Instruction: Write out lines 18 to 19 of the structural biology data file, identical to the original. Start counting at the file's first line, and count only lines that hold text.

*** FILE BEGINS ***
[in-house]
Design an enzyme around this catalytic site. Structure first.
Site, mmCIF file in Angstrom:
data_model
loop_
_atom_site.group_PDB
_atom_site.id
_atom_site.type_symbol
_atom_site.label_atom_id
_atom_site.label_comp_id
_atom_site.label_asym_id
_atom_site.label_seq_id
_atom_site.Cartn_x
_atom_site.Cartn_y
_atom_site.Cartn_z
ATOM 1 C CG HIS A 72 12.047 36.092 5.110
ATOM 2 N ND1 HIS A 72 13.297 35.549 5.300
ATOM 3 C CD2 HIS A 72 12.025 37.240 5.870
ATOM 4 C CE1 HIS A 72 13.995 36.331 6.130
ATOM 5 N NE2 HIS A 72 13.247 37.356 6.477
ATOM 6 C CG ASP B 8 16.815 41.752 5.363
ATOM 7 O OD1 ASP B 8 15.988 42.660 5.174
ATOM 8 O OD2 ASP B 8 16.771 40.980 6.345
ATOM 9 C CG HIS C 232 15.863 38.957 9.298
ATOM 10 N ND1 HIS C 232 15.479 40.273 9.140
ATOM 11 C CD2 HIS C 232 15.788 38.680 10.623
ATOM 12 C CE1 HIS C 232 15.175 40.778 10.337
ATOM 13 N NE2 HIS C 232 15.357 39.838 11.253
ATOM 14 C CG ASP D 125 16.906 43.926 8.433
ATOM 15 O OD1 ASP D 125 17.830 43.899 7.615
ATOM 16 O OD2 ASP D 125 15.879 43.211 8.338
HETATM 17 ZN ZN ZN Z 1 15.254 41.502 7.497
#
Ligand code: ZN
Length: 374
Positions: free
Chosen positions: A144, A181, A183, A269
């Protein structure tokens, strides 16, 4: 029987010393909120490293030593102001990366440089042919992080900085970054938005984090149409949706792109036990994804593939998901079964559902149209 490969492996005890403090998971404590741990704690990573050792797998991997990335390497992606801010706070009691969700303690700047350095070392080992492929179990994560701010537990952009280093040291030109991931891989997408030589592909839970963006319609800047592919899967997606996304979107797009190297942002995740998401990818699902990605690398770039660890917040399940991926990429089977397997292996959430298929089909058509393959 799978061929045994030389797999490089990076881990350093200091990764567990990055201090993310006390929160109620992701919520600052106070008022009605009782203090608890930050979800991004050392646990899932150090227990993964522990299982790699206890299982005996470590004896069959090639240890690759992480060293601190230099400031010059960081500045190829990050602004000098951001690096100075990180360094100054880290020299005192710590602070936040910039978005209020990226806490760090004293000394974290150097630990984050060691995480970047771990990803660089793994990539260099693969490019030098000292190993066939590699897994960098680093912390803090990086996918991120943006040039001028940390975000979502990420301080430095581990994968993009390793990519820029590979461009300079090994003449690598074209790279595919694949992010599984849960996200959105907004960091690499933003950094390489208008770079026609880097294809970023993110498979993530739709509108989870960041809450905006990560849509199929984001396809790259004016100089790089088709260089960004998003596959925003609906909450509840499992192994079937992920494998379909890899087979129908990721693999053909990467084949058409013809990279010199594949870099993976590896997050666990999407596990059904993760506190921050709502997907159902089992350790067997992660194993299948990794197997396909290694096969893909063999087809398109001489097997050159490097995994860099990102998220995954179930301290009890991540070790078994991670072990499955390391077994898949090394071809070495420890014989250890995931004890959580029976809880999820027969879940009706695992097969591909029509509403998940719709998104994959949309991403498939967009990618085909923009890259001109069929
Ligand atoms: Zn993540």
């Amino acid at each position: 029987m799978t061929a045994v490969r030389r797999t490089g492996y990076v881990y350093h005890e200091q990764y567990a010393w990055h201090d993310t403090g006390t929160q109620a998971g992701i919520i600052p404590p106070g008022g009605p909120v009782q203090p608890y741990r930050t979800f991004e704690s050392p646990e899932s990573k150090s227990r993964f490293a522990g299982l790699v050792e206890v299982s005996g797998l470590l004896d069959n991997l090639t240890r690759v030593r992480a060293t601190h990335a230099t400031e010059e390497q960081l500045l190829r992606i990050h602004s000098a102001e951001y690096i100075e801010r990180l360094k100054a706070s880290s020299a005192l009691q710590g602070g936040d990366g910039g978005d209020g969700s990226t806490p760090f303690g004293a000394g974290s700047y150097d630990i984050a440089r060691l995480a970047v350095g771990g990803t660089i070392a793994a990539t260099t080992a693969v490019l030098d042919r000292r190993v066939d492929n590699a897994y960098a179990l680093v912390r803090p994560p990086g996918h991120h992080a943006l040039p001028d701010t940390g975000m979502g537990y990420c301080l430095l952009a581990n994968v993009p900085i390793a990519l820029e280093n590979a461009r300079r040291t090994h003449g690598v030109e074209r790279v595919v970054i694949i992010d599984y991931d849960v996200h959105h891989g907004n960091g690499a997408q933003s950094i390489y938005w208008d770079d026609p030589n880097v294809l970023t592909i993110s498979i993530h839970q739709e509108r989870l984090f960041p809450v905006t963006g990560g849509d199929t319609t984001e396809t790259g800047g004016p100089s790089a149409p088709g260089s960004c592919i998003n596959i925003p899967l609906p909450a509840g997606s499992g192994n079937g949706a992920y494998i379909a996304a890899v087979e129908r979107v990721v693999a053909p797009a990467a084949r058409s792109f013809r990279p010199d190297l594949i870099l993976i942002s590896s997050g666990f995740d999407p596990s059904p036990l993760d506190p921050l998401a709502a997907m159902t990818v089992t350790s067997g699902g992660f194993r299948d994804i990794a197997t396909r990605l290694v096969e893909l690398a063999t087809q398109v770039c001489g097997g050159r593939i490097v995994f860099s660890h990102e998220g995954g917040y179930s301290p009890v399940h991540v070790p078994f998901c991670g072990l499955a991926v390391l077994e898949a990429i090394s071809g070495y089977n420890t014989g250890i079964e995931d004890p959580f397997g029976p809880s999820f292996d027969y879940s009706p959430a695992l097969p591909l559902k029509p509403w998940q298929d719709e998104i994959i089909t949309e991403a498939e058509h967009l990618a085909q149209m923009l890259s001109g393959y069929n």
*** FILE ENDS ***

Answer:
ATOM 3 C CD2 HIS A 72 12.025 37.240 5.870
ATOM 4 C CE1 HIS A 72 13.995 36.331 6.130